As ISPs choke file-sharing, users look elsewhere

As ISPs constrict file-sharing services such as Bittorrent, new data shows that users are moving to file-hosting Web sites to avoid the bandwidth lockdown.

As ISPs constrict file-sharing services such as BitTorrent, new data shows that users are moving to file-hosting Web sites to avoid slow downloads.

RapidShare and MegaUpload are among the most used file-hosting services. Together, the two sites account for 9 percent of all Internet traffic in the Middle East and 4 percent in Germany, according to iPoque, a company based in Leipzig, Germany, that specializes in traffic-management appliances for ISPs.

The percentages are significant since over the last year usage of file-sharing sites, which number in the dozens, has surged, said Klaus Mochalski, iPoque's CEO. The sites offer potentially faster download speeds for sharing files than peer-to-peer networks.

"These Web pages are tremendously popular," Mochalski said.

The services let users upload a file and then share a link, called a direct download link, in e-mails and Web forums for others to download the content. Most sites offer a free service with limits and subscriptions that allow more frequent downloads

IPoque published the data in its annual Internet Study 2007, which last year only covered P-to-P services, but now includes file-hosting services due to their popularity, Mochalski said.

iPoque's study look at data collected in August and September from ISPs and universities using its appliances in Australia, Eastern Europe, Germany, the Middle East and southern Europe.

The anonymous data consists of the Internet traffic patterns of about 1 million users. It provides a rare view into the composition of Internet traffic since ISPs tend to vigorously guard their data about their users due to privacy concerns.

The reason users are turning to file-hosting services is that many ISPs are restricting how fast people can download files through P-to-P services like eMule and BitTorrent. Although estimates vary by region, P-to-P traffic comprises between 50 percent and 90 percent of all Internet traffic, iPoque said.

The glut of movies, music and other content jamming the networks causes performance problems for other applications that need a certain amount of bandwidth in order to function properly, such as Skype's VoIP (Voice over Internet Protocol) application, Mochalski said.

Most ISPs are using traffic management technology, which can limit how much P-to-P traffic is allow to go through and prioritize other kinds of traffic. U.S. service provider Comcast came under fire in October after it acknowledged slowing down certain kinds of traffic. The company maintained it does not block specific kinds of traffic.

For smaller ISPs that must buy bandwidth from larger providers, traffic management has become a necessity to maintain service on their networks, Mochalski said.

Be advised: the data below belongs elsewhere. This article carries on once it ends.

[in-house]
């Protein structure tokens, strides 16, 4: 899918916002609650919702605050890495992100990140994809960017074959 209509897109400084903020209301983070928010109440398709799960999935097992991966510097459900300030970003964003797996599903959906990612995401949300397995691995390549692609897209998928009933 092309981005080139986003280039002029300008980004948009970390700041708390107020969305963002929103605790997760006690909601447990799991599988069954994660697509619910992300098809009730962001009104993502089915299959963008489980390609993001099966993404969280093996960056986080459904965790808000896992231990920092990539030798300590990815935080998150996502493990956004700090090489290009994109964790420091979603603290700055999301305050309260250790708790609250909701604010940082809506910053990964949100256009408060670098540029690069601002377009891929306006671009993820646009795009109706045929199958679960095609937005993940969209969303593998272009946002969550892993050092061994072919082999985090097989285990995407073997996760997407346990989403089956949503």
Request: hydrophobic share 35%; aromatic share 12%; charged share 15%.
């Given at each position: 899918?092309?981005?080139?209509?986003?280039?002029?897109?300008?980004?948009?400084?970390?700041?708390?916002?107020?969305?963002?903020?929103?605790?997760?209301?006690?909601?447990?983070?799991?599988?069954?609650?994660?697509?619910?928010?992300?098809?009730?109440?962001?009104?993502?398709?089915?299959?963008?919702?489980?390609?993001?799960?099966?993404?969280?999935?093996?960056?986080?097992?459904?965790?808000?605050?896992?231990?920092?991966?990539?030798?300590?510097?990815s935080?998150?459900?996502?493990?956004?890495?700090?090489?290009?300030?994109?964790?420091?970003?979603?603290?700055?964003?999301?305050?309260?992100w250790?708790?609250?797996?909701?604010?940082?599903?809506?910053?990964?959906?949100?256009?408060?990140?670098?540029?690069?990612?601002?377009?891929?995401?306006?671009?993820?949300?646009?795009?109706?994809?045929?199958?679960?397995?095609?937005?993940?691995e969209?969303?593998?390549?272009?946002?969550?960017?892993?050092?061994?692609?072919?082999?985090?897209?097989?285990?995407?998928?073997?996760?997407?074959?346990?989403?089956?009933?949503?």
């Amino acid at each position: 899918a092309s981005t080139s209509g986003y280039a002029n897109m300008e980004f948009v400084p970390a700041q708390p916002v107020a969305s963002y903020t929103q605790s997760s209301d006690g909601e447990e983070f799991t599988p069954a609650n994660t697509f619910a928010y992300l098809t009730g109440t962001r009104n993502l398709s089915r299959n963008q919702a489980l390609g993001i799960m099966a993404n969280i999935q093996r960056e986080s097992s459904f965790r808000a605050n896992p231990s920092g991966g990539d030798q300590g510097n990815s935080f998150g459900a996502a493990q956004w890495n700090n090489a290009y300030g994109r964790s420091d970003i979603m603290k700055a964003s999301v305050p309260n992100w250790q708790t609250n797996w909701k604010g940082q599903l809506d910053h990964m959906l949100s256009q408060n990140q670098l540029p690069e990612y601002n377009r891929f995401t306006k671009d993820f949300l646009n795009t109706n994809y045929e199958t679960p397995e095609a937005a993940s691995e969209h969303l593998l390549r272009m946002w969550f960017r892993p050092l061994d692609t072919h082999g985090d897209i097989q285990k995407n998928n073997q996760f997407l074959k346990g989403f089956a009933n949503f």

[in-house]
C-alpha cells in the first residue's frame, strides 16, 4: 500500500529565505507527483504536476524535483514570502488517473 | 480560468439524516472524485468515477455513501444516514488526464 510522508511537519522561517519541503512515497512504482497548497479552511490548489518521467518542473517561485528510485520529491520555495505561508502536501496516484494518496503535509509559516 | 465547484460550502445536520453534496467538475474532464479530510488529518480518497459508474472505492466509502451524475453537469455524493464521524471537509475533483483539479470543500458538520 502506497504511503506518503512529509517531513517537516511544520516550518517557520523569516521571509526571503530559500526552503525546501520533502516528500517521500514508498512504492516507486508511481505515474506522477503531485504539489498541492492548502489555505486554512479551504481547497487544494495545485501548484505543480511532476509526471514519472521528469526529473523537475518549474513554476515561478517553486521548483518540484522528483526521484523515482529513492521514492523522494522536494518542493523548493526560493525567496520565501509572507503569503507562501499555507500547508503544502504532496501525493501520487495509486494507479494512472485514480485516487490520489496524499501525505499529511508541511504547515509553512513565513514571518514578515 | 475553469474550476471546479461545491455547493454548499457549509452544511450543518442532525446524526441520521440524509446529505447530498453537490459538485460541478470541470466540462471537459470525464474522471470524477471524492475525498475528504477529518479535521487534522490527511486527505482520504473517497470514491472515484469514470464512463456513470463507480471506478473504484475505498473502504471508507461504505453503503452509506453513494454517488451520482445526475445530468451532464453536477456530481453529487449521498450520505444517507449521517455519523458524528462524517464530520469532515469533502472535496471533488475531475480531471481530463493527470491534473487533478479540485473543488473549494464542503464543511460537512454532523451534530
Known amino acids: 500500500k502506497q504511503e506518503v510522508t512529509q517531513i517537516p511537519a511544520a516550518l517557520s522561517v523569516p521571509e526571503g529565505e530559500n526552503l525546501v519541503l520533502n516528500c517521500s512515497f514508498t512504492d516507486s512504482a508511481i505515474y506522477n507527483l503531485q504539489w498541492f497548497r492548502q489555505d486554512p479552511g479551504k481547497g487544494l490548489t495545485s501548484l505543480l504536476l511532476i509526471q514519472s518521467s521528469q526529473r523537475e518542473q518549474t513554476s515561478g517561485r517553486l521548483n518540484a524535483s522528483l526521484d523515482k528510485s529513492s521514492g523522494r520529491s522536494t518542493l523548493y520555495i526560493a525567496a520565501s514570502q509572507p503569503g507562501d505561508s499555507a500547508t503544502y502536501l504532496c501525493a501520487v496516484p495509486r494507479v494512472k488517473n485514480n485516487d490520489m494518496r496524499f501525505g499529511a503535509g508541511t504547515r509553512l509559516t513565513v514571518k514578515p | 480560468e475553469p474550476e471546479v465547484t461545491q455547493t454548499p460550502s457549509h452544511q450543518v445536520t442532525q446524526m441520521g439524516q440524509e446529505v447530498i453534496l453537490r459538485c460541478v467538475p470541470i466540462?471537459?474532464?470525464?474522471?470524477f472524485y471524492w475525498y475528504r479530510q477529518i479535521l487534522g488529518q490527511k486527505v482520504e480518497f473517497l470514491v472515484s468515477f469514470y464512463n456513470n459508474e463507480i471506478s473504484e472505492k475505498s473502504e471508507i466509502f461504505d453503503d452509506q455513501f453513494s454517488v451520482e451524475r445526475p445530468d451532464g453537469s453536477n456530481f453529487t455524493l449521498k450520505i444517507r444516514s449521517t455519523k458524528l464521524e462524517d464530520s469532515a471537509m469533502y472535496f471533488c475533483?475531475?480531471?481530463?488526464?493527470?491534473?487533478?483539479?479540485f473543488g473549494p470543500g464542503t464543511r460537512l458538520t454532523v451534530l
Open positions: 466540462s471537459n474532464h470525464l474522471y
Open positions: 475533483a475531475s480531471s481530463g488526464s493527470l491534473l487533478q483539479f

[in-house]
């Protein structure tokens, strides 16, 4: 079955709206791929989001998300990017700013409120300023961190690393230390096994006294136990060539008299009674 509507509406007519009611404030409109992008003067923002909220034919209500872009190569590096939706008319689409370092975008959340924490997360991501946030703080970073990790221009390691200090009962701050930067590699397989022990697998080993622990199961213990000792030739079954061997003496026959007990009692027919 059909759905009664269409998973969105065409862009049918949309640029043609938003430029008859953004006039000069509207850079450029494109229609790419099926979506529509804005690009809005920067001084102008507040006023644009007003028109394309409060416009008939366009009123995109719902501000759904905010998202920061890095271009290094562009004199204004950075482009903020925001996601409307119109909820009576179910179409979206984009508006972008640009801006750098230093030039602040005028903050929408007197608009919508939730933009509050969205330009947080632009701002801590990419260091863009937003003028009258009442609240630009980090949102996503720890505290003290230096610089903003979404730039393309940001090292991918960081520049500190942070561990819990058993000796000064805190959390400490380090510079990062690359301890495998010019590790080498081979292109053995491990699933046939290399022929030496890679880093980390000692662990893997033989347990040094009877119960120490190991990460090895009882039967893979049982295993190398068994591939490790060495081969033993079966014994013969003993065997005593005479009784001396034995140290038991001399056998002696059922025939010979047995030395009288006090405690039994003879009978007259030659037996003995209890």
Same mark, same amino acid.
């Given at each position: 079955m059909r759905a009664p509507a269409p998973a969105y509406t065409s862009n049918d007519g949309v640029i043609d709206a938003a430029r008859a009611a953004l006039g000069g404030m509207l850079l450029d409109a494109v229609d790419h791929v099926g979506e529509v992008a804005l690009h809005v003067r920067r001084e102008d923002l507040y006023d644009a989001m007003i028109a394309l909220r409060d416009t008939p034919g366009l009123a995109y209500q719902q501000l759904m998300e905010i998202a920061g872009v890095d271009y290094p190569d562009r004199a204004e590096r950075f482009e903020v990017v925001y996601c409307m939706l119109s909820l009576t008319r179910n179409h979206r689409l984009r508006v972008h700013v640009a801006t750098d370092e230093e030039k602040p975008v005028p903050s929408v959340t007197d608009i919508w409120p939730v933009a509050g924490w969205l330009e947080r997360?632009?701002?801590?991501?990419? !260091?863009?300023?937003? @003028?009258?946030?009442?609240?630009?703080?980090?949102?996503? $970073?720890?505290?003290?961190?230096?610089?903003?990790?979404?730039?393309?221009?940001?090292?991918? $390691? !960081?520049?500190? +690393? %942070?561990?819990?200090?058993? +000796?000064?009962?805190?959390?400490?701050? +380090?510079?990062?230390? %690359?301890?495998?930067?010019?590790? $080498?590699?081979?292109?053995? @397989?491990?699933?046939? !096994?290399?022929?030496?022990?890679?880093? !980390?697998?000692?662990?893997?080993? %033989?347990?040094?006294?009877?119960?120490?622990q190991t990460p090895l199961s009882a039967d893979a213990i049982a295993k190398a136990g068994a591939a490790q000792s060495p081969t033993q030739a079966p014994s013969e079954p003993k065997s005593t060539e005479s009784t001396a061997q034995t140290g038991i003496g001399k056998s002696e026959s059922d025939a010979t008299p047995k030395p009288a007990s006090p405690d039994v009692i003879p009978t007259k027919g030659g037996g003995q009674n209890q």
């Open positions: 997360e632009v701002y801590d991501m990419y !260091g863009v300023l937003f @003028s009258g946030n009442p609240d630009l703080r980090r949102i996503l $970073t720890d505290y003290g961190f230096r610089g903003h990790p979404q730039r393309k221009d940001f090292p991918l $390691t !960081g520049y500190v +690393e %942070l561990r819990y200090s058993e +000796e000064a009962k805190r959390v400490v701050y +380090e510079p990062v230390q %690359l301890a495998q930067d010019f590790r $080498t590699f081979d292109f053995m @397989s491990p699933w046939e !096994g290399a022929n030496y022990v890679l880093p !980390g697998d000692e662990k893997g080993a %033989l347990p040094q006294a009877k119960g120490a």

"At certain ISPs, P-to-P hits 95 percent [of all traffic]," Mochalski said. "You can imagine how slow your network gets."

The music and film industry have been particularly sensitive to P-to-P file sharing and have continued a long-running legal battle to sue users who trade copyright files without authorization.

Both RapidShare and MegaUpload prohibit the uploading of copyright files without authorization from the copyright holder, and MegaUpload's terms and conditions says unauthorized files under copyright will be removed if the company is notified. MegaUpload is based on Hong Kong, and RapidShare's customers support line rings to Switzerland.

Join the newsletter!

Or

Sign up to gain exclusive access to email subscriptions, event invitations, competitions, giveaways, and much more.

Membership is free, and your security and privacy remain protected. View our privacy policy before signing up.

Error: Please check your email address.
Keep up with the latest tech news, reviews and previews by subscribing to the Good Gear Guide newsletter.

Jeremy Kirk

IDG News Service
Show Comments

Most Popular Reviews

Latest Articles

Resources

PCW Evaluation Team

Jack Jeffries

MSI GS75

As the Maserati or BMW of laptops, it would fit perfectly in the hands of a professional needing firepower under the hood, sophistication and class on the surface, and gaming prowess (sports mode if you will) in between.

Taylor Carr

MSI PS63

The MSI PS63 is an amazing laptop and I would definitely consider buying one in the future.

Christopher Low

Brother RJ-4230B

This small mobile printer is exactly what I need for invoicing and other jobs such as sending fellow tradesman details or step-by-step instructions that I can easily print off from my phone or the Web.

Aysha Strobbe

Microsoft Office 365/HP Spectre x360

Microsoft Office continues to make a student’s life that little bit easier by offering reliable, easy to use, time-saving functionality, while continuing to develop new features that further enhance what is already a formidable collection of applications

Michael Hargreaves

Microsoft Office 365/Dell XPS 15 2-in-1

I’d recommend a Dell XPS 15 2-in-1 and the new Windows 10 to anyone who needs to get serious work done (before you kick back on your couch with your favourite Netflix show.)

Maryellen Rose George

Brother PT-P750W

It’s useful for office tasks as well as pragmatic labelling of equipment and storage – just don’t get too excited and label everything in sight!

Featured Content

Product Launch Showcase

Don’t have an account? Sign up here

Don't have an account? Sign up now

Forgot password?